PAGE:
Robotics Process

Asimov proposed three “Laws of Robotics”

  • • Law 1: A robot may not injure a human being or through inaction, allow a human being to come to harm.
  • • Law 2: A robot must obey orders given to it by human beings, except where such orders would conflict with the first law.
  • • Law 3: A robot must protect its own existence as long as such protection does not conflict with the first law.

Kinematics and dynamics

• Degrees of freedom—number of independent motions

• Translation --3 independent directions

• Rotation -- 3 independent axes

• 2D motion = 3 degrees of freedom: 2 translation, 1 rotation

• 3D motion = 6 degrees of freedom: 3 translation, 3 rotation

Robots Configurations

• Cartesian/Rectangular Gantry (3P) : These Robots are made of 3 Linear joints that orient the end effector, which are usually followed by additional revolute joints.

• Cylindrical (R2P): Cylindrical coordinate Robots have 2 prismatic joints and one revolute joint.

• Spherical joint (2RP): They follow a spherical coordinate system.

• Articulated/anthropomorphic(3R) :An articulated robot’s joints are all revolute, similar to a human’s arm.

• Selective Compliance Assembly Robot Arm (SCARA) (2R1P): They have two revolute joints that are parallel and allow the Robot to move in a horizontal plane, plus an additional prismatic joint that moves vertically.

Wrist Configuration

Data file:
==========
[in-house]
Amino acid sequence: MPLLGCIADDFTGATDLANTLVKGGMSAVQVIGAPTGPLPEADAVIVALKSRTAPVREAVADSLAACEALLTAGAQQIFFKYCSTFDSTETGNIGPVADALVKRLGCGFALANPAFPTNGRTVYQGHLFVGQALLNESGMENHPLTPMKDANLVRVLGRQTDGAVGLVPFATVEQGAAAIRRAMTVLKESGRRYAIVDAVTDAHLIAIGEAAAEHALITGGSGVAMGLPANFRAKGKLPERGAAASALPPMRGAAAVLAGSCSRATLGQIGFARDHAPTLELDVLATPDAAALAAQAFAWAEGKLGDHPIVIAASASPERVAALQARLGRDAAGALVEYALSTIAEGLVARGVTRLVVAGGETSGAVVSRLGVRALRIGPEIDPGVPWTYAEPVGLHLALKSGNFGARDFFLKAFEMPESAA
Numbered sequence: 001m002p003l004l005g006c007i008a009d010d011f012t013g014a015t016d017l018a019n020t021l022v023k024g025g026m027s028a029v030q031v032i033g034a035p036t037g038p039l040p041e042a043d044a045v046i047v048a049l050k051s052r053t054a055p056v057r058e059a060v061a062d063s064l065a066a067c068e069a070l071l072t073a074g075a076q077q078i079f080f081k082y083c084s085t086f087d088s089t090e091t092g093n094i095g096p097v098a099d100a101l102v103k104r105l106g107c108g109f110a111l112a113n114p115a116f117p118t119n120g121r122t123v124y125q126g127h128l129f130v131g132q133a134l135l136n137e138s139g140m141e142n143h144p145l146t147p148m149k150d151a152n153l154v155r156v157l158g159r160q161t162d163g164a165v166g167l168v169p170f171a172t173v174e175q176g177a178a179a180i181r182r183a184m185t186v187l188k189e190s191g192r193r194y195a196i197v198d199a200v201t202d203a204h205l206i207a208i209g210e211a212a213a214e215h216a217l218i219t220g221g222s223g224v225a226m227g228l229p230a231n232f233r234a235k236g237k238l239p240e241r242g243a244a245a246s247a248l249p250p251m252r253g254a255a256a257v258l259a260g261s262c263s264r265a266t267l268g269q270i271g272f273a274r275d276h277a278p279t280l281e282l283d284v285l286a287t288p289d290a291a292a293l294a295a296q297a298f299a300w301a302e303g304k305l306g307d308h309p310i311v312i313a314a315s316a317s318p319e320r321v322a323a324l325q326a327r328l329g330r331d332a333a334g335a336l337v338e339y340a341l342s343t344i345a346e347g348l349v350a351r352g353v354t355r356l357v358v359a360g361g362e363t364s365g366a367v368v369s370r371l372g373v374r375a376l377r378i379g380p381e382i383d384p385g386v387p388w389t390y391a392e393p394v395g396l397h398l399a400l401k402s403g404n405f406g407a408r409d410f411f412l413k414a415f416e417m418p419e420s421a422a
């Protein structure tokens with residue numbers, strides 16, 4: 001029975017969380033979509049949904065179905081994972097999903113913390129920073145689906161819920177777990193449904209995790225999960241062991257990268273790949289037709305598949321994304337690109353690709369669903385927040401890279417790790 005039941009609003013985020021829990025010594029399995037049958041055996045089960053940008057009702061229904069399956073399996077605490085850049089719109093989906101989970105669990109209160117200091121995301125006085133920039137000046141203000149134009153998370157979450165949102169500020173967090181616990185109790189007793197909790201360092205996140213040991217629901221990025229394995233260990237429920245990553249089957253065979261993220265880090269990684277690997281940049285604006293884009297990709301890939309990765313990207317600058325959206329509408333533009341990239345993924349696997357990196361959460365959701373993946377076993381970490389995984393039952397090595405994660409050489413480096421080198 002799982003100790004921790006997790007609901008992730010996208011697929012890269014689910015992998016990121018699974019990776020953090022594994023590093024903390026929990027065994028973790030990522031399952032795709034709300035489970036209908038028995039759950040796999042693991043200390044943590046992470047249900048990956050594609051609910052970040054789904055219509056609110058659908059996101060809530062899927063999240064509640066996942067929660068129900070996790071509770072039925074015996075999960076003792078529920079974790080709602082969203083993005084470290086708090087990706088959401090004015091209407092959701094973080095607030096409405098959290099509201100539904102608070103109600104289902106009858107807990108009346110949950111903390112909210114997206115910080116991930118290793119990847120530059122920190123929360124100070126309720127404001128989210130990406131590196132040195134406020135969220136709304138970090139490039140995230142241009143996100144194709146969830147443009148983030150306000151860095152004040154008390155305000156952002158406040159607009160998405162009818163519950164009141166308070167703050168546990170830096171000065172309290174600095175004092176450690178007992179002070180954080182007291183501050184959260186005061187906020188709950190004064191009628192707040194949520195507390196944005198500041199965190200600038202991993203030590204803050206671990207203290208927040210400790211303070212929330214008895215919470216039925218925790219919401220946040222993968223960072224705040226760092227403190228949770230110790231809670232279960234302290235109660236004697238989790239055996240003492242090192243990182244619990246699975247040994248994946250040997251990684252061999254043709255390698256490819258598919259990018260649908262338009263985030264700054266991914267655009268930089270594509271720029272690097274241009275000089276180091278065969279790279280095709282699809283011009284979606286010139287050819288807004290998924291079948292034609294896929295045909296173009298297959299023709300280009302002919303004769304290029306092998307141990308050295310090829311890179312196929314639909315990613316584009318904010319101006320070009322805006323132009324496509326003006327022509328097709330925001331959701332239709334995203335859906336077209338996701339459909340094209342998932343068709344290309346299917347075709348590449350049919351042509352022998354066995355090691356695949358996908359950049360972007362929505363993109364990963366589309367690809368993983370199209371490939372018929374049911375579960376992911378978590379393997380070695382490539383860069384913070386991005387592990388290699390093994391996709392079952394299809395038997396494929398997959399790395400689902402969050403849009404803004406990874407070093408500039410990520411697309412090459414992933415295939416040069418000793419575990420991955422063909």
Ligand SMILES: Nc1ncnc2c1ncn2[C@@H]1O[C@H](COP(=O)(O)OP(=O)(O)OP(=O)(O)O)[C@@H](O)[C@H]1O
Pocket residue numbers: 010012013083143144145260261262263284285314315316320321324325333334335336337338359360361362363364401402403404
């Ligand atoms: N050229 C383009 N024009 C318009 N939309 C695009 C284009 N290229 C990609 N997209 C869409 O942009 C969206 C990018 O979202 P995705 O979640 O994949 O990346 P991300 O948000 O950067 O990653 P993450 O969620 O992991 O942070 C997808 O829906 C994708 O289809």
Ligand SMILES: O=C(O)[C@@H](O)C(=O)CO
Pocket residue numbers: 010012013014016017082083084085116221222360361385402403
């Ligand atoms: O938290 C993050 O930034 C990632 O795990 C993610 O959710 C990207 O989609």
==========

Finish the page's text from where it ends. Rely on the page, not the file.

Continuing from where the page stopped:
• Typically has 3 degrees of freedom

• Roll involves rotating the wrist about the arm axis

• Pitch up-down rotation of the wrist

• Yaw left-right rotation of the wrist

• End effector is mounted on the wrist

Control Methods

• Non Servo Control

• implemented by setting limits or mechanical stops for each joint and sequencing the actuation of each joint to accomplish the cycle

• end point robot, limited sequence robot, bang-bang robot

• No control over the motion at the intermediate points, only end points are known

• Servo Control

• Point to point Control

• Continuous Path Control

• Closed Loop control used to monitor position, velocity (other variables) of each joint

Point-to-Point Control

• Only the end points are programmed, the path used to connect the end points are computed by the controller

• user can control velocity, and may permit linear or piece wise linear motion

• Feedback control is used during motion to ascertain that individual joints have achieved desired location

Programming Languages

• Motivation

• need to interface robot control system to external sensors, to provide “real time” changes based on sensory equipment

• computing based on geometry of environment

• ability to interface with CAD/CAM systems

• meaningful task descriptions

• off-line programming capability

• Large number of robot languages available

• AML, VAL, AL, RAIL, RobotStudio, etc. (200+)

• Each robot manufacturer has their own robot programming language

• No standards exist

• Portability of programs virtually non-existent